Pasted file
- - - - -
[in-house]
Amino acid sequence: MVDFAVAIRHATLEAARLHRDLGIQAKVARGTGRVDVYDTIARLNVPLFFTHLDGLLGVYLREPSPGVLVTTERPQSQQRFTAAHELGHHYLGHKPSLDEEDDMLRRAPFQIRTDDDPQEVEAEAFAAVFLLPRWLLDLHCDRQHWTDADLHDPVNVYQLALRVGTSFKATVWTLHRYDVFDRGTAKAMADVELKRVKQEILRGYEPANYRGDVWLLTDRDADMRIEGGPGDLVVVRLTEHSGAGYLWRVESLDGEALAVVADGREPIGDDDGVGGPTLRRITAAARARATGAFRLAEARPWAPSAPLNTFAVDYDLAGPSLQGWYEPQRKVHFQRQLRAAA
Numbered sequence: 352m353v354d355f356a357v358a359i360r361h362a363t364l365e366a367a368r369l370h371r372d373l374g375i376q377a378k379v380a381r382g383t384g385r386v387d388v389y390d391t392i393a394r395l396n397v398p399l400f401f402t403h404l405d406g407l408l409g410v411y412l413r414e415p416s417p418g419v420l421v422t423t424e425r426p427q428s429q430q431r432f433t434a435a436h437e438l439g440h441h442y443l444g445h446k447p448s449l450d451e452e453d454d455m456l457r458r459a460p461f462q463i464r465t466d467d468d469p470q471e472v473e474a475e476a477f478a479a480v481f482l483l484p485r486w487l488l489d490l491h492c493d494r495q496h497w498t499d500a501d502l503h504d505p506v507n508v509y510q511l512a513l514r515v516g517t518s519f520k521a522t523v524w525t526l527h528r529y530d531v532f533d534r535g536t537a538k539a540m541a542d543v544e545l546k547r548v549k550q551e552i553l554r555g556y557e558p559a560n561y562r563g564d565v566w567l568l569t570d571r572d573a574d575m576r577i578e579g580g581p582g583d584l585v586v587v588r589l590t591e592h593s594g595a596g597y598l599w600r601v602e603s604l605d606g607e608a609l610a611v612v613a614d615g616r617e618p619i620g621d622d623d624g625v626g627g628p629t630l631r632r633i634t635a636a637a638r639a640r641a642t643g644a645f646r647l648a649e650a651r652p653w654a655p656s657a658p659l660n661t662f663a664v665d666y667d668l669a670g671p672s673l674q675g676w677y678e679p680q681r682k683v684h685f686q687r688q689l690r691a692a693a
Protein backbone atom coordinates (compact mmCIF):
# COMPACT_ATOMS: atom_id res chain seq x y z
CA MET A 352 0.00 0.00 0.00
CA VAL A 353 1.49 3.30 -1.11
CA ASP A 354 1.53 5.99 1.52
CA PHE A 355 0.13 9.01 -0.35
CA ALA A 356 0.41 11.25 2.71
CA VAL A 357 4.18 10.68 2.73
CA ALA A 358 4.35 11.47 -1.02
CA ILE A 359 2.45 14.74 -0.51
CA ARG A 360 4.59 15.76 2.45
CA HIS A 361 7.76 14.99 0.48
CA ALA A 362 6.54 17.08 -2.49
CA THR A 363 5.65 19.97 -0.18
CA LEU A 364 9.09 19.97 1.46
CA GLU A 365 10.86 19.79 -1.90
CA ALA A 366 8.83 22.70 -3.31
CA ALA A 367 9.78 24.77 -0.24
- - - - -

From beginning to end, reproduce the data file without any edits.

[in-house]
Amino acid sequence: MVDFAVAIRHATLEAARLHRDLGIQAKVARGTGRVDVYDTIARLNVPLFFTHLDGLLGVYLREPSPGVLVTTERPQSQQRFTAAHELGHHYLGHKPSLDEEDDMLRRAPFQIRTDDDPQEVEAEAFAAVFLLPRWLLDLHCDRQHWTDADLHDPVNVYQLALRVGTSFKATVWTLHRYDVFDRGTAKAMADVELKRVKQEILRGYEPANYRGDVWLLTDRDADMRIEGGPGDLVVVRLTEHSGAGYLWRVESLDGEALAVVADGREPIGDDDGVGGPTLRRITAAARARATGAFRLAEARPWAPSAPLNTFAVDYDLAGPSLQGWYEPQRKVHFQRQLRAAA
Numbered sequence: 352m353v354d355f356a357v358a359i360r361h362a363t364l365e366a367a368r369l370h371r372d373l374g375i376q377a378k379v380a381r382g383t384g385r386v387d388v389y390d391t392i393a394r395l396n397v398p399l400f401f402t403h404l405d406g407l408l409g410v411y412l413r414e415p416s417p418g419v420l421v422t423t424e425r426p427q428s429q430q431r432f433t434a435a436h437e438l439g440h441h442y443l444g445h446k447p448s449l450d451e452e453d454d455m456l457r458r459a460p461f462q463i464r465t466d467d468d469p470q471e472v473e474a475e476a477f478a479a480v481f482l483l484p485r486w487l488l489d490l491h492c493d494r495q496h497w498t499d500a501d502l503h504d505p506v507n508v509y510q511l512a513l514r515v516g517t518s519f520k521a522t523v524w525t526l527h528r529y530d531v532f533d534r535g536t537a538k539a540m541a542d543v544e545l546k547r548v549k550q551e552i553l554r555g556y557e558p559a560n561y562r563g564d565v566w567l568l569t570d571r572d573a574d575m576r577i578e579g580g581p582g583d584l585v586v587v588r589l590t591e592h593s594g595a596g597y598l599w600r601v602e603s604l605d606g607e608a609l610a611v612v613a614d615g616r617e618p619i620g621d622d623d624g625v626g627g628p629t630l631r632r633i634t635a636a637a638r639a640r641a642t643g644a645f646r647l648a649e650a651r652p653w654a655p656s657a658p659l660n661t662f663a664v665d666y667d668l669a670g671p672s673l674q675g676w677y678e679p680q681r682k683v684h685f686q687r688q689l690r691a692a693a
Protein backbone atom coordinates (compact mmCIF):
# COMPACT_ATOMS: atom_id res chain seq x y z
CA MET A 352 0.00 0.00 0.00
CA VAL A 353 1.49 3.30 -1.11
CA ASP A 354 1.53 5.99 1.52
CA PHE A 355 0.13 9.01 -0.35
CA ALA A 356 0.41 11.25 2.71
CA VAL A 357 4.18 10.68 2.73
CA ALA A 358 4.35 11.47 -1.02
CA ILE A 359 2.45 14.74 -0.51
CA ARG A 360 4.59 15.76 2.45
CA HIS A 361 7.76 14.99 0.48
CA ALA A 362 6.54 17.08 -2.49
CA THR A 363 5.65 19.97 -0.18
CA LEU A 364 9.09 19.97 1.46
CA GLU A 365 10.86 19.79 -1.90
CA ALA A 366 8.83 22.70 -3.31
CA ALA A 367 9.78 24.77 -0.24